St. Stephen's Parish bids farewell to Father Robert Bubel

| 30 Sep 2011 | 09:49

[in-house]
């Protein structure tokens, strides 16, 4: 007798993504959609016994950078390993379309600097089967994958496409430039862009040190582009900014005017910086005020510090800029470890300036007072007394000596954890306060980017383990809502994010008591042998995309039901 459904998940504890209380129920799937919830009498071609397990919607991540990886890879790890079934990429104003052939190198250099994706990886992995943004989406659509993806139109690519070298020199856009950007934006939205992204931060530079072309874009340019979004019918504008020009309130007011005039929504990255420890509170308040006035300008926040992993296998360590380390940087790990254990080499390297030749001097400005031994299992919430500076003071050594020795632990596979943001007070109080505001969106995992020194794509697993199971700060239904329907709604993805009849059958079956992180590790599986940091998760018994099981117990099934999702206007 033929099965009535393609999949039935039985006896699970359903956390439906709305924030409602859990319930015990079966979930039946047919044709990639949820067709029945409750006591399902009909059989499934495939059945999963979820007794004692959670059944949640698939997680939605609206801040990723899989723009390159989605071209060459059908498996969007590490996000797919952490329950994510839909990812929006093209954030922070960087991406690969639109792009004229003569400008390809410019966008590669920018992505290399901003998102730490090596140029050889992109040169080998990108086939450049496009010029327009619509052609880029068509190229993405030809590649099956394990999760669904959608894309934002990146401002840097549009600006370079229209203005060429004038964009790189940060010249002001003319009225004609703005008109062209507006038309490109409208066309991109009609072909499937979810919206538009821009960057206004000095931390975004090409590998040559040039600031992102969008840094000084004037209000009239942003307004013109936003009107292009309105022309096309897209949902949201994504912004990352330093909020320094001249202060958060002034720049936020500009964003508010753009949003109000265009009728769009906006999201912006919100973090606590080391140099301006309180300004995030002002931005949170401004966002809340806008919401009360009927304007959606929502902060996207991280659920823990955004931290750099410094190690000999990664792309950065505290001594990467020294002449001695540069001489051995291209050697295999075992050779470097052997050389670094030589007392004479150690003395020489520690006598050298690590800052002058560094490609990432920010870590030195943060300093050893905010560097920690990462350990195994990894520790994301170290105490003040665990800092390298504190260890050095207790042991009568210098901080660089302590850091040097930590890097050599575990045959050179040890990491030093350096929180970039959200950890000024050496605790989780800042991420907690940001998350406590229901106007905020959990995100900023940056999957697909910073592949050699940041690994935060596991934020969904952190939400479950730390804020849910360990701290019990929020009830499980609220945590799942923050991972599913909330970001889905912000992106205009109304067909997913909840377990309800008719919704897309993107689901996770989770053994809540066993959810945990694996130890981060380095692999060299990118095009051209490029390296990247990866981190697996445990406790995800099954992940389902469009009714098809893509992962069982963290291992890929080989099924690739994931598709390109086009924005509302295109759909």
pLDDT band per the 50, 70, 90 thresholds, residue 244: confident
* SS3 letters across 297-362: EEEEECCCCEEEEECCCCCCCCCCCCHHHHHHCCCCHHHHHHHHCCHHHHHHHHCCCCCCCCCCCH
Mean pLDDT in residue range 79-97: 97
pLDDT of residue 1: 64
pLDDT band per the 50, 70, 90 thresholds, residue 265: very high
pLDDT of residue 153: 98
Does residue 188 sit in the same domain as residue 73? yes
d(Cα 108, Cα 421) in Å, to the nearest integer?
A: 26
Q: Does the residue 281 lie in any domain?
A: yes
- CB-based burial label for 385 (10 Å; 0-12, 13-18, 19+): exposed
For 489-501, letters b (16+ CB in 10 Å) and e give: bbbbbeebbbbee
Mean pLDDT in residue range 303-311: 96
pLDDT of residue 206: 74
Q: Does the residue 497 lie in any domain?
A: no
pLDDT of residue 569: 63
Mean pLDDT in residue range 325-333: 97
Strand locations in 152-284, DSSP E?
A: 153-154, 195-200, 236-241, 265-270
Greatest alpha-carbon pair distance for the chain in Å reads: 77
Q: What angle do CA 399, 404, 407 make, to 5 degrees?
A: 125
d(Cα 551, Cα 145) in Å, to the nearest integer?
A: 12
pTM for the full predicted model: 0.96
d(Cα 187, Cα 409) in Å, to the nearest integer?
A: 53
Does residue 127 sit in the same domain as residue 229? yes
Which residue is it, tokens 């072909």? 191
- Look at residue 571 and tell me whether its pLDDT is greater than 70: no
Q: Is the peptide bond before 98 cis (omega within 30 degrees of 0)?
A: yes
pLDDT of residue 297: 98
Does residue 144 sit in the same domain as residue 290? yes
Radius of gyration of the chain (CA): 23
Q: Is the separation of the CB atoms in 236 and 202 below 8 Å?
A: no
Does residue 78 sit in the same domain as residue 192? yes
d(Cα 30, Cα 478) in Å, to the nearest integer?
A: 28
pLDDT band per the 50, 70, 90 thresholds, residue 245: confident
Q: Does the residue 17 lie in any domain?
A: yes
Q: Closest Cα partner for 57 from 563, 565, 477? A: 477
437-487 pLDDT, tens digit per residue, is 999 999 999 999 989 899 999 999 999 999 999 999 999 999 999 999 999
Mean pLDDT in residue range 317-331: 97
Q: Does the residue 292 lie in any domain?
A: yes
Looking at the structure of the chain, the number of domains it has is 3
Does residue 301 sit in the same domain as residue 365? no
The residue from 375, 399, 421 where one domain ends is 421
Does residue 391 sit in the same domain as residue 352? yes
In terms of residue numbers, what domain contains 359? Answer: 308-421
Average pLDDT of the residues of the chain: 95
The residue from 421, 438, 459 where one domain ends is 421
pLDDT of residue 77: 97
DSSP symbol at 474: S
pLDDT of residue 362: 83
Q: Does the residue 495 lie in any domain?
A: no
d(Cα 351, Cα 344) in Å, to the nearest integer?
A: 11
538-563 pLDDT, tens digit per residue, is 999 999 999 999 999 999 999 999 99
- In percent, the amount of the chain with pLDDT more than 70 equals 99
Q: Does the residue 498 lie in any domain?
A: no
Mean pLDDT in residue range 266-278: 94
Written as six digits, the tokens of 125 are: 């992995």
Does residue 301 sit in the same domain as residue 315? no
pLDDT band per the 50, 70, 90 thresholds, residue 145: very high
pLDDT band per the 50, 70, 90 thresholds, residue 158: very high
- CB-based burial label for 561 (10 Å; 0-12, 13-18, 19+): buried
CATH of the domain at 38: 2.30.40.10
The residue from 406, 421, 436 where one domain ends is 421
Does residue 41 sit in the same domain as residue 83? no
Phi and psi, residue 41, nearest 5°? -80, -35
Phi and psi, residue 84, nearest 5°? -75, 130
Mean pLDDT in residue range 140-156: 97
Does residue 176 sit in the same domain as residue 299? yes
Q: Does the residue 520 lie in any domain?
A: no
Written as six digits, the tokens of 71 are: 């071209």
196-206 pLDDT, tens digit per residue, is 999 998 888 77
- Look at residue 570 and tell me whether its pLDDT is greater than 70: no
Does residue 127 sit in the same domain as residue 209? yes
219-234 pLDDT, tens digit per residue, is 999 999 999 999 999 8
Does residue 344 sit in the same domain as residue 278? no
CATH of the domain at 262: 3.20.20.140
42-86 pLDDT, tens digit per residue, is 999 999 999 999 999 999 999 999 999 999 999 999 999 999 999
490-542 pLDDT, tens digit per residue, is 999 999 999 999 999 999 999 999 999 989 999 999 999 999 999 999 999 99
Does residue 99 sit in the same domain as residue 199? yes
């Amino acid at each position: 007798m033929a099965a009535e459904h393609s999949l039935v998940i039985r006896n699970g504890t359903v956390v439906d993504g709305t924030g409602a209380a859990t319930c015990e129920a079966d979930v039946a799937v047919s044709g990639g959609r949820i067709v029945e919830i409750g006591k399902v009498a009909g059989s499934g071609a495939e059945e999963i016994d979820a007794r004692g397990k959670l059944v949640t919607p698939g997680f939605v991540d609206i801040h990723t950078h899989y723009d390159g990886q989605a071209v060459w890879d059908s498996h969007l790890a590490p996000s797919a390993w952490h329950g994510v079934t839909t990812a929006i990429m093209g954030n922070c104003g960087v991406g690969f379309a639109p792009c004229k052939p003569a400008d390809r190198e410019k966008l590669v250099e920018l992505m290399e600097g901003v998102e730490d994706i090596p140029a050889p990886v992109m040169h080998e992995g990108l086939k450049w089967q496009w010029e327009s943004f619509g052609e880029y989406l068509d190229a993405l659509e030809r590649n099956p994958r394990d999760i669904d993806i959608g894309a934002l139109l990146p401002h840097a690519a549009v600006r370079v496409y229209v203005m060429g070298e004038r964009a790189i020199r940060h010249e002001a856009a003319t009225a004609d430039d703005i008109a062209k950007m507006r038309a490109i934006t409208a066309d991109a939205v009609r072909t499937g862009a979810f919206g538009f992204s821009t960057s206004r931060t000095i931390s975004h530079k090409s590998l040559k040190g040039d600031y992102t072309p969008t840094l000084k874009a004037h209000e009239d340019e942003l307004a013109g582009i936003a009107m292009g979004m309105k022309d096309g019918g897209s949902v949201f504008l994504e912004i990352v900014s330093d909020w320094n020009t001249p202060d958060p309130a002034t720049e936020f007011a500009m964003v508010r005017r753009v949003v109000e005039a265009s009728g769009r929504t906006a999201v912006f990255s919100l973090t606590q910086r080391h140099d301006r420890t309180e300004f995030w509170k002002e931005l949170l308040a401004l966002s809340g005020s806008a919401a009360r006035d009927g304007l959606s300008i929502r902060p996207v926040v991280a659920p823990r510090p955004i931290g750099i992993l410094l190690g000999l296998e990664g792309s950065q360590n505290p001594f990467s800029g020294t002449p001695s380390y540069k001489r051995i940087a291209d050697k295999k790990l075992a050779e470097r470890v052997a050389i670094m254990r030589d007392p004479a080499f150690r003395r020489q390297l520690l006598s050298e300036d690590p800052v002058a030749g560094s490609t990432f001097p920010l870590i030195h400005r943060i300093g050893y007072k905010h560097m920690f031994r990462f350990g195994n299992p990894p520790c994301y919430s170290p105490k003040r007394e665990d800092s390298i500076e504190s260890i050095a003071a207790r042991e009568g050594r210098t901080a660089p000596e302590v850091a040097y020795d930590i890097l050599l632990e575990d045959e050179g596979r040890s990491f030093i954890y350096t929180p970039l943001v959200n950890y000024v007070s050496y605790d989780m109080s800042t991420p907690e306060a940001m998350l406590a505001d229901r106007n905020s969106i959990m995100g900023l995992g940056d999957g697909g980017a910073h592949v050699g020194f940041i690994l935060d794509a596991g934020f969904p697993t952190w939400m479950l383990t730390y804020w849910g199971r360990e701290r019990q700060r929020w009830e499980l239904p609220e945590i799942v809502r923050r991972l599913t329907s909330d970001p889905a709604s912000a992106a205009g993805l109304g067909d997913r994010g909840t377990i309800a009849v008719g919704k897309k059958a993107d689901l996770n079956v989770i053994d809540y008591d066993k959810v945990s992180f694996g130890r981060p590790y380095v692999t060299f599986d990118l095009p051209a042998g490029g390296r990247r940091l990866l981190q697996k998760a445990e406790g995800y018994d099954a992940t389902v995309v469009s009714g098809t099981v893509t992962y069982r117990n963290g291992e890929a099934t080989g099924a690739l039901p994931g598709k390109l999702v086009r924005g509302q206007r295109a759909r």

Assignment at St. Patrick’s Cathedral begins July 1 for young priest WARWICK - Father Robert Bubel, who, for the past three years, has served as the Parochial Vicar of the Church of St. Stephen, the First Martyr, recently left for his new assignment. Beginning July 1, he will serve as Parochial Vicar at St. Patrick’s Cathedral in Manhattan. Father Casmir Mung’aho has been assigned to be the new Parochial Vicar at St. Stephen’s. The title refers to a priest assigned to a parish in addition to, and in collaboration with, the pastor of the parish. On Sunday, June 26, Bubel returned to St. Stephen’s to celebrate Mass. It was an opportunity for members of his first parish as a newly ordained priest to bid farewell. And following the mass, everyone was invited to a barbecue organized by members of the Knights of Columbus. Stepping stone Frequently reassigning new priests has become commonplace in the Archdiocese of New York and elsewhere. The additional experience of serving in a different parish is often seen as a stepping stone to becoming a pastor. Father Thomas Byrnes, for example, whose first parish was St. Stephen’s, is now pastor of Sacred Heart parish in Monroe. Father Patrick Buckley, another newly ordained priest who served at St. Stephen’s just before Bubel arrived, is now the administrator of the Church of St. Christopher in Red Hook. The new assignment to St. Patrick’s Cathedral, however, was a surprise for Bubel. The cathedral, which was dedicated in 1879, is the seat of the Archbishop of New York. It is the largest decorated gothic-style Catholic Cathedral in the United States and seats about 2,200 people. More than five million visitors enter its doors facing Fifth Avenue each year. 'Something was missing’ During his homily, Bubel stressed his joy at being a priest: “People tell me I smile a lot when I’m on the altar,” he said. He added that before answering his call to the priesthood, and having earned a degree in electrical engineering, he was employed with IBM in Vermont. He was not a particularly religious person at that time and enjoyed his job, an active social life and participating in sports including swimming, biking and snowboarding. “But something was missing,” he recalled. “One day I was sitting quietly in a church asking the Lord for guidance when an older woman, a complete stranger, touched me on the shoulder and said, 'I love you.’ I believe this was a message from God, a sign of His love and a call to the priesthood.” He thanked the members of the parish and in particular the pastor, The Rev. Michael McLoughlin, as well those who attended his daily Mass for helping him mature as a priest. The parishioners at St. Stephen’s are well aware that Bubel’s favorite off-duty activity in this area was snowboarding. And so it was no surprise when asked if he would return to visit St. Stephen’s, that he replied: “Yes, of course, as soon as the snow starts falling.”